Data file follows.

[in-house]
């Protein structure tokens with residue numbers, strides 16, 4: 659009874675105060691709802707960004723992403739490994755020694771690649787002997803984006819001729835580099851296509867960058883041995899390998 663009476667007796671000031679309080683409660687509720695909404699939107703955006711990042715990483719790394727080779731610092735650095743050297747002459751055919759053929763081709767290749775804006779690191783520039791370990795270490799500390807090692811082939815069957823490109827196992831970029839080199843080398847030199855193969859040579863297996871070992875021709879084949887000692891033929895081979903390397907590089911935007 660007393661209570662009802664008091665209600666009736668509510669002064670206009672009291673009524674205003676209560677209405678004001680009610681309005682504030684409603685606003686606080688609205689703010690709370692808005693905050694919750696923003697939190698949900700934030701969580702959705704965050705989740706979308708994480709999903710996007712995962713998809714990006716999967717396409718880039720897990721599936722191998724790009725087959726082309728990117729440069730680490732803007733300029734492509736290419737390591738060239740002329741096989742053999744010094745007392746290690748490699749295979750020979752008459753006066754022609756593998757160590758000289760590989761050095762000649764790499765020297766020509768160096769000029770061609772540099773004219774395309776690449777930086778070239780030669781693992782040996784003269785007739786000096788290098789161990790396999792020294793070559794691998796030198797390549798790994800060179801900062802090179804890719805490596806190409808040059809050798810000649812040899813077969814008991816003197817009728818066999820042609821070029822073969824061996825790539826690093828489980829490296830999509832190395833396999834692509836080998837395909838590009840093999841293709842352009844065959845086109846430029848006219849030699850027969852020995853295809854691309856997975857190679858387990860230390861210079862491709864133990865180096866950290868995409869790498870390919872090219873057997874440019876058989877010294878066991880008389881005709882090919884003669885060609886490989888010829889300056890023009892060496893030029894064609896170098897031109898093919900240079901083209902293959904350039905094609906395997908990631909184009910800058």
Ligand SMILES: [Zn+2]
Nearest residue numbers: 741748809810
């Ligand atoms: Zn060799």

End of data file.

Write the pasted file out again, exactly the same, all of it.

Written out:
[in-house]
């Protein structure tokens with residue numbers, strides 16, 4: 659009874675105060691709802707960004723992403739490994755020694771690649787002997803984006819001729835580099851296509867960058883041995899390998 663009476667007796671000031679309080683409660687509720695909404699939107703955006711990042715990483719790394727080779731610092735650095743050297747002459751055919759053929763081709767290749775804006779690191783520039791370990795270490799500390807090692811082939815069957823490109827196992831970029839080199843080398847030199855193969859040579863297996871070992875021709879084949887000692891033929895081979903390397907590089911935007 660007393661209570662009802664008091665209600666009736668509510669002064670206009672009291673009524674205003676209560677209405678004001680009610681309005682504030684409603685606003686606080688609205689703010690709370692808005693905050694919750696923003697939190698949900700934030701969580702959705704965050705989740706979308708994480709999903710996007712995962713998809714990006716999967717396409718880039720897990721599936722191998724790009725087959726082309728990117729440069730680490732803007733300029734492509736290419737390591738060239740002329741096989742053999744010094745007392746290690748490699749295979750020979752008459753006066754022609756593998757160590758000289760590989761050095762000649764790499765020297766020509768160096769000029770061609772540099773004219774395309776690449777930086778070239780030669781693992782040996784003269785007739786000096788290098789161990790396999792020294793070559794691998796030198797390549798790994800060179801900062802090179804890719805490596806190409808040059809050798810000649812040899813077969814008991816003197817009728818066999820042609821070029822073969824061996825790539826690093828489980829490296830999509832190395833396999834692509836080998837395909838590009840093999841293709842352009844065959845086109846430029848006219849030699850027969852020995853295809854691309856997975857190679858387990860230390861210079862491709864133990865180096866950290868995409869790498870390919872090219873057997874440019876058989877010294878066991880008389881005709882090919884003669885060609886490989888010829889300056890023009892060496893030029894064609896170098897031109898093919900240079901083209902293959904350039905094609906395997908990631909184009910800058």
Ligand SMILES: [Zn+2]
Nearest residue numbers: 741748809810
């Ligand atoms: Zn060799």